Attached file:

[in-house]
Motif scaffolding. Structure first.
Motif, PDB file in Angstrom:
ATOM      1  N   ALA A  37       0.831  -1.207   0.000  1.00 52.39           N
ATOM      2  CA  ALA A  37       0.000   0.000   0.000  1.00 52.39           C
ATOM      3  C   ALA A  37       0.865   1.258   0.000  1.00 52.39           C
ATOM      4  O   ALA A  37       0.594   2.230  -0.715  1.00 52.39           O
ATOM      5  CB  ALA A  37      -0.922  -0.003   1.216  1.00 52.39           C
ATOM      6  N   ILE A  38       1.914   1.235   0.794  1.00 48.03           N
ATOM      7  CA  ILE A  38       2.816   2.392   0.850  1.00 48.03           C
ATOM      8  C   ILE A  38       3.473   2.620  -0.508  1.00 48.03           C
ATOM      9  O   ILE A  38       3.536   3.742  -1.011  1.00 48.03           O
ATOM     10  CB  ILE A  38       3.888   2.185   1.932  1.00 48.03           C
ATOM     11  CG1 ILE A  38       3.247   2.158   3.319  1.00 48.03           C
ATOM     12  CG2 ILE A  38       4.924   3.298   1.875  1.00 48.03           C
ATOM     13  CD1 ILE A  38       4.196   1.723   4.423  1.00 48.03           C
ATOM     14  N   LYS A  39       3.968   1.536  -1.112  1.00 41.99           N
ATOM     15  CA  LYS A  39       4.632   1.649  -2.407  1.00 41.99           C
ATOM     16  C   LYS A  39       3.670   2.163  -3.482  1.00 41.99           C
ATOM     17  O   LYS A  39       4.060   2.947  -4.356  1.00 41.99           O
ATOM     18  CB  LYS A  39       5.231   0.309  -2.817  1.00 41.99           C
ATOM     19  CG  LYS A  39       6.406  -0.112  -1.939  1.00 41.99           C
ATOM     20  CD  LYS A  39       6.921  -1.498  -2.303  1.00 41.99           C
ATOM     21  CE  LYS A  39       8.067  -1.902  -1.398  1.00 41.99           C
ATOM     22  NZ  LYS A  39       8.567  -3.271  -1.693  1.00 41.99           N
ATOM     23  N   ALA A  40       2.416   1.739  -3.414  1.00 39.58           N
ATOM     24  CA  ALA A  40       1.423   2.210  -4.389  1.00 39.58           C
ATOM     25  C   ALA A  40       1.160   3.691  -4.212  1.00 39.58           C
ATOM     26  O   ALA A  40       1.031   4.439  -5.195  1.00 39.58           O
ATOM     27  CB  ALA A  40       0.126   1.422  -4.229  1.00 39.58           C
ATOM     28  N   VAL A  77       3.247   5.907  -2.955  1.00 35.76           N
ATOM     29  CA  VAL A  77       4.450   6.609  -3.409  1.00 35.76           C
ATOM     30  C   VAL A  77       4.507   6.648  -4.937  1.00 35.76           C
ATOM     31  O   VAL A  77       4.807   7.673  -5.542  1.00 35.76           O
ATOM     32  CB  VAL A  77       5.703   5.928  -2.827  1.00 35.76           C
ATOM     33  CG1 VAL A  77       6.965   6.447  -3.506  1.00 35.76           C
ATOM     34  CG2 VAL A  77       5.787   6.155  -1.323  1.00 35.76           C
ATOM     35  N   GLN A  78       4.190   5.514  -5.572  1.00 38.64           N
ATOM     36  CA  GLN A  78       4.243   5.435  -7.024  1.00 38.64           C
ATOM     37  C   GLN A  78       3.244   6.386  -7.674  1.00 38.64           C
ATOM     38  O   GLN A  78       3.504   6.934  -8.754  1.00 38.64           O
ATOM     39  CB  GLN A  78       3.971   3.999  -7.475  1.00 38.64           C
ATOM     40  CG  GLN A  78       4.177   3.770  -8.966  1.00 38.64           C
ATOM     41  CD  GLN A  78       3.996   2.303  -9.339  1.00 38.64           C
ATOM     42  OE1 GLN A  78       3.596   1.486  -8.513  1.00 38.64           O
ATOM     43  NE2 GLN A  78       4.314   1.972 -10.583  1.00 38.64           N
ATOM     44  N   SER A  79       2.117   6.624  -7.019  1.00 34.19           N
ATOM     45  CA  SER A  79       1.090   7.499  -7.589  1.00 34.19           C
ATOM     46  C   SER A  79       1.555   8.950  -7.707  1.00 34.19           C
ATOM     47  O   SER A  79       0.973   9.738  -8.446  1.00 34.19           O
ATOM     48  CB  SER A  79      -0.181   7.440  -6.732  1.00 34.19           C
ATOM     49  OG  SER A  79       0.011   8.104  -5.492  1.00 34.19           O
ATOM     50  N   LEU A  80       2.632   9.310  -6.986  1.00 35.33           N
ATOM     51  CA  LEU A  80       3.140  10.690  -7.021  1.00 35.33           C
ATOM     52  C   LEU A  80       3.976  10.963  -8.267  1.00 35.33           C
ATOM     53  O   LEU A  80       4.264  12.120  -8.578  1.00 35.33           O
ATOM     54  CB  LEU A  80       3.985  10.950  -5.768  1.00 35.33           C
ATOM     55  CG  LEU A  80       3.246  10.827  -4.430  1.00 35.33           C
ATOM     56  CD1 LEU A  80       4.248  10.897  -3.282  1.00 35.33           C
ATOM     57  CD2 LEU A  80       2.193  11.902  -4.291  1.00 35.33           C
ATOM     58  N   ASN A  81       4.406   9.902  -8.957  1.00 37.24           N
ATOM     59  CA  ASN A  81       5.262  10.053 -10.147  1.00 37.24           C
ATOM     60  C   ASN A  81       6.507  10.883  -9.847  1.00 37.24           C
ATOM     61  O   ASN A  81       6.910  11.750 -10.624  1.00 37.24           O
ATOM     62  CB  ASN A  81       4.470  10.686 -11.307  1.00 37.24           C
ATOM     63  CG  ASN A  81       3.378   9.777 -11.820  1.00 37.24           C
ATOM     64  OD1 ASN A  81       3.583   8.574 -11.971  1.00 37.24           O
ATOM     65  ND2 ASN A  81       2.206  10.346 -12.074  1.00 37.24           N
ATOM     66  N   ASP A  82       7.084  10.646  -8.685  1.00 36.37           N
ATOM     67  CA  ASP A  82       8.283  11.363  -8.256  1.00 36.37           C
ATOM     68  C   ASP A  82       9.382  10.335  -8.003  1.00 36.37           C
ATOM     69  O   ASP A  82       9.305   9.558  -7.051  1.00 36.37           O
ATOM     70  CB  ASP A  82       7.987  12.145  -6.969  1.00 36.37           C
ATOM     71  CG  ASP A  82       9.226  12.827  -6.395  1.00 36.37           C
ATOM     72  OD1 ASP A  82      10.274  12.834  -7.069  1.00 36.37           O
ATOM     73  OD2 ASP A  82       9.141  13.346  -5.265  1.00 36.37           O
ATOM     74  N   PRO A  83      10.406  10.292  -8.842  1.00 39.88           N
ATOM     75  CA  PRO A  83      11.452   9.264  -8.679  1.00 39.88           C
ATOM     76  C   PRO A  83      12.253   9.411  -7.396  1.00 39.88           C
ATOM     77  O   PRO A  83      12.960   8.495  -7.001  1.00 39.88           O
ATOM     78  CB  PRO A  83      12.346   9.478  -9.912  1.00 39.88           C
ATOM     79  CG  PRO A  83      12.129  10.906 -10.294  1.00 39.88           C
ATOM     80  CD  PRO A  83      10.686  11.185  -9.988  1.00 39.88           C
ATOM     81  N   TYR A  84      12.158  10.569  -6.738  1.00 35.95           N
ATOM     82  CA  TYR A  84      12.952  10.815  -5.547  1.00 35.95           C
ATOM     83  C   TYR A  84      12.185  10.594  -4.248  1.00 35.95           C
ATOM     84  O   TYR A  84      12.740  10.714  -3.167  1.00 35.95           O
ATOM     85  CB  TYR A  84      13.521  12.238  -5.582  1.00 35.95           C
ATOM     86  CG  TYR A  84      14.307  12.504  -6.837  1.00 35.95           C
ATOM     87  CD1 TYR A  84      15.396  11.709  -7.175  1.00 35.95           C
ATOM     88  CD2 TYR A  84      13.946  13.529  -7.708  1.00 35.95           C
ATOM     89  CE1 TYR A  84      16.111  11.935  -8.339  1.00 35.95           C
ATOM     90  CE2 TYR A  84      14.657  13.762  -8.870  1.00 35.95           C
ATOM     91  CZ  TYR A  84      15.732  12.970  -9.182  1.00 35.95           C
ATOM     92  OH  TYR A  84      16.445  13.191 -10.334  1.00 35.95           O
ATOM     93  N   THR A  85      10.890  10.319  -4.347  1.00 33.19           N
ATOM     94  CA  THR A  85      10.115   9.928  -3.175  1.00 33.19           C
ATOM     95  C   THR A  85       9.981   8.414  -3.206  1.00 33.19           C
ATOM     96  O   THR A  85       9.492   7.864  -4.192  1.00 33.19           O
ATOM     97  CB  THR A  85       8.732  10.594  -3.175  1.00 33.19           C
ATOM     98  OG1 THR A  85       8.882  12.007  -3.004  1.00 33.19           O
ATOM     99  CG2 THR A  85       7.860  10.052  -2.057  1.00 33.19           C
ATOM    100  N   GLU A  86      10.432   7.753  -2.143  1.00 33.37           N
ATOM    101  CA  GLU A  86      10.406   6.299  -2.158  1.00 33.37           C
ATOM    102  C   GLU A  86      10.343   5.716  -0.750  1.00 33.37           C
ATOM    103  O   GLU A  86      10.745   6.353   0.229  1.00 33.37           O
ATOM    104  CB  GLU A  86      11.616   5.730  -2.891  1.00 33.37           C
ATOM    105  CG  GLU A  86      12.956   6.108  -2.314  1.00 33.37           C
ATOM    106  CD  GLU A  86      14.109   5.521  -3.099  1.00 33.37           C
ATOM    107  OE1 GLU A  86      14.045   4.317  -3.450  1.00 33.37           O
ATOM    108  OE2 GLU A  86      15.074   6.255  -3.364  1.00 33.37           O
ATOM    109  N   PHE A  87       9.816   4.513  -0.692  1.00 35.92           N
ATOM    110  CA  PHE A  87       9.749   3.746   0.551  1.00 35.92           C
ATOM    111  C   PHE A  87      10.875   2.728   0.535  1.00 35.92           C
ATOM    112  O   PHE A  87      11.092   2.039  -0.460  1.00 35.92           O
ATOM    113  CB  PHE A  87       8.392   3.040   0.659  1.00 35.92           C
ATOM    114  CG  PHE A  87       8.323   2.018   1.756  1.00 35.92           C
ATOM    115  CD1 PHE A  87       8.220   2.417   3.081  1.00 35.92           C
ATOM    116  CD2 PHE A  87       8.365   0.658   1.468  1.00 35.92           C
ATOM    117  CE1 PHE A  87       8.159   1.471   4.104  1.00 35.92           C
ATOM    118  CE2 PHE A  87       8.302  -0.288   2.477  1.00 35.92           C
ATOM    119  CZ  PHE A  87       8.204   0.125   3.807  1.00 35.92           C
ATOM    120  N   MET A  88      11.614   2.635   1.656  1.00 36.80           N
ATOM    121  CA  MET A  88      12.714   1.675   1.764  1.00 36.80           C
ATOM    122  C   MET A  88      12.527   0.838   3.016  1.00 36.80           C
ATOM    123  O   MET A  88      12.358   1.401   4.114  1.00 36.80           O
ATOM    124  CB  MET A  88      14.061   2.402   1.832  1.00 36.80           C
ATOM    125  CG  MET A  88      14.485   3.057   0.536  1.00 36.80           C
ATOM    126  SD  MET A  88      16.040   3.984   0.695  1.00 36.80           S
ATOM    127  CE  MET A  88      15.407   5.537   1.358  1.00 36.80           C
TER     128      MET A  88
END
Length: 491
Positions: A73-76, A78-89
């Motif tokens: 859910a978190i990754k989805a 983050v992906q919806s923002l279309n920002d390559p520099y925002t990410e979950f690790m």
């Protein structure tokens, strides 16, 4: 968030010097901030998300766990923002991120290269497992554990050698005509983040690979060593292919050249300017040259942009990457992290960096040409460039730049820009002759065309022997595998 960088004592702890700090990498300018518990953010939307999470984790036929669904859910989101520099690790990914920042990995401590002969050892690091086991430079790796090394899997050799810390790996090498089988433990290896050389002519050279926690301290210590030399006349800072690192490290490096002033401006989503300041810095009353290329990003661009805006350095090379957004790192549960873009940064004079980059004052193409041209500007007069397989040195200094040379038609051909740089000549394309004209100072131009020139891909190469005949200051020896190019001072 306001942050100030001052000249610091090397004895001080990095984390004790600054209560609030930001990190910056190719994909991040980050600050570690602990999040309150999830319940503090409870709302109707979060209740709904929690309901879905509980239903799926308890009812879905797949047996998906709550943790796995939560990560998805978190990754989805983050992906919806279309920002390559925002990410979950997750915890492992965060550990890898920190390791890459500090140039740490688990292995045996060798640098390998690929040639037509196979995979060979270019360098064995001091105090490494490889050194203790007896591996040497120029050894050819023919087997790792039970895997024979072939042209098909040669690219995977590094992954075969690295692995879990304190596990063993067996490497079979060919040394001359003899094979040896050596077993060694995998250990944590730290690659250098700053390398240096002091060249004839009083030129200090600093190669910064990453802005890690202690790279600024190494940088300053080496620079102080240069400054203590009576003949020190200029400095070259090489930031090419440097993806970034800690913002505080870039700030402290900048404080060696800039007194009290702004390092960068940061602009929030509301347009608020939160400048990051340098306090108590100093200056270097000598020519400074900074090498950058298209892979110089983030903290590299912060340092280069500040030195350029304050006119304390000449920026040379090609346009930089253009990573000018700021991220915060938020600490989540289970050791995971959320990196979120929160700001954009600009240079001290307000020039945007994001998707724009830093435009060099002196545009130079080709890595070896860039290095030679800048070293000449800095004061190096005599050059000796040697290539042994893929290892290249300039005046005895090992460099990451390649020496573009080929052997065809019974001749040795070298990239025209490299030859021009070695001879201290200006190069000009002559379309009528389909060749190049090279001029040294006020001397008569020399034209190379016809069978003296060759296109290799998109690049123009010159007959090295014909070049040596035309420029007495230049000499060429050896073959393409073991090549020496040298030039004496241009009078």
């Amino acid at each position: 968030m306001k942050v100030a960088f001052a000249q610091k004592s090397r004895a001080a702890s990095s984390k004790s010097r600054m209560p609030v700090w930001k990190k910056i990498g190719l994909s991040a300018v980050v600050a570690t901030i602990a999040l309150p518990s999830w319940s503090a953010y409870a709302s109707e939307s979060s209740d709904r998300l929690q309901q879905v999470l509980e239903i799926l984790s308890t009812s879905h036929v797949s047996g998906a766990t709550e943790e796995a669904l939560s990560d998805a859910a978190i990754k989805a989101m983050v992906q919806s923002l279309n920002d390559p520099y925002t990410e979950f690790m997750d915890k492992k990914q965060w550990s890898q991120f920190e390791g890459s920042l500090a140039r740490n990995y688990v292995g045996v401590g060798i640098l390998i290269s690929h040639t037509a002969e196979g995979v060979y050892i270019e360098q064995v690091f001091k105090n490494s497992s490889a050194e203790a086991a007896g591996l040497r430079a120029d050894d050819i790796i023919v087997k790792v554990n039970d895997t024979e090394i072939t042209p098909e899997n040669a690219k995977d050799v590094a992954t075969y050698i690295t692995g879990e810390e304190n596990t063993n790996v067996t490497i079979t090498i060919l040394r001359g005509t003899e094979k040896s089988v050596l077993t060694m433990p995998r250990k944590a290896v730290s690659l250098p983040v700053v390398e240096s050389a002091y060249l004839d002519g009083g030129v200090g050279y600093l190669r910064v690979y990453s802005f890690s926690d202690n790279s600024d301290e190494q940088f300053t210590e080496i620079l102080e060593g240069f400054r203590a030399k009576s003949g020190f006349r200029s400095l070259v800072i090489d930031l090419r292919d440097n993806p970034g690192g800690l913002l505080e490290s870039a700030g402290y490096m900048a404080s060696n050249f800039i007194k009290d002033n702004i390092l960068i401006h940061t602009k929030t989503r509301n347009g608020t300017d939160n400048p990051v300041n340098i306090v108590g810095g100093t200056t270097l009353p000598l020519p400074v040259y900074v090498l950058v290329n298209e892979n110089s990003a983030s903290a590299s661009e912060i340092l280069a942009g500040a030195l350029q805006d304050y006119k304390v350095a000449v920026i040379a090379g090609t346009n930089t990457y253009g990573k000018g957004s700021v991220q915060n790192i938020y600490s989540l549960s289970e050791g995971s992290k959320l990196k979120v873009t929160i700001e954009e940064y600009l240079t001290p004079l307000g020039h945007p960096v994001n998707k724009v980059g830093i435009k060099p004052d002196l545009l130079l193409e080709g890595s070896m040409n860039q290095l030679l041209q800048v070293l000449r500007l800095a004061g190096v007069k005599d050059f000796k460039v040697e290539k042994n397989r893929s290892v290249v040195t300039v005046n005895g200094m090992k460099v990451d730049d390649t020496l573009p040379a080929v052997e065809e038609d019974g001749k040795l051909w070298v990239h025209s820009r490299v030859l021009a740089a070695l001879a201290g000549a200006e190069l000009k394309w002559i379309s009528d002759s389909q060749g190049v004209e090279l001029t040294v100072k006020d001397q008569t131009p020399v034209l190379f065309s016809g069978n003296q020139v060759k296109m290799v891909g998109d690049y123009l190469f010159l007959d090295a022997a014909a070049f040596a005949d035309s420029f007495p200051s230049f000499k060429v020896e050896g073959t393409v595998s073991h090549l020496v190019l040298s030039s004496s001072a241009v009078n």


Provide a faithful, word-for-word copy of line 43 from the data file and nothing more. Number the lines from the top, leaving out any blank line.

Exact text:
ATOM     40  CG  GLN A  78       4.177   3.770  -8.966  1.00 38.64           C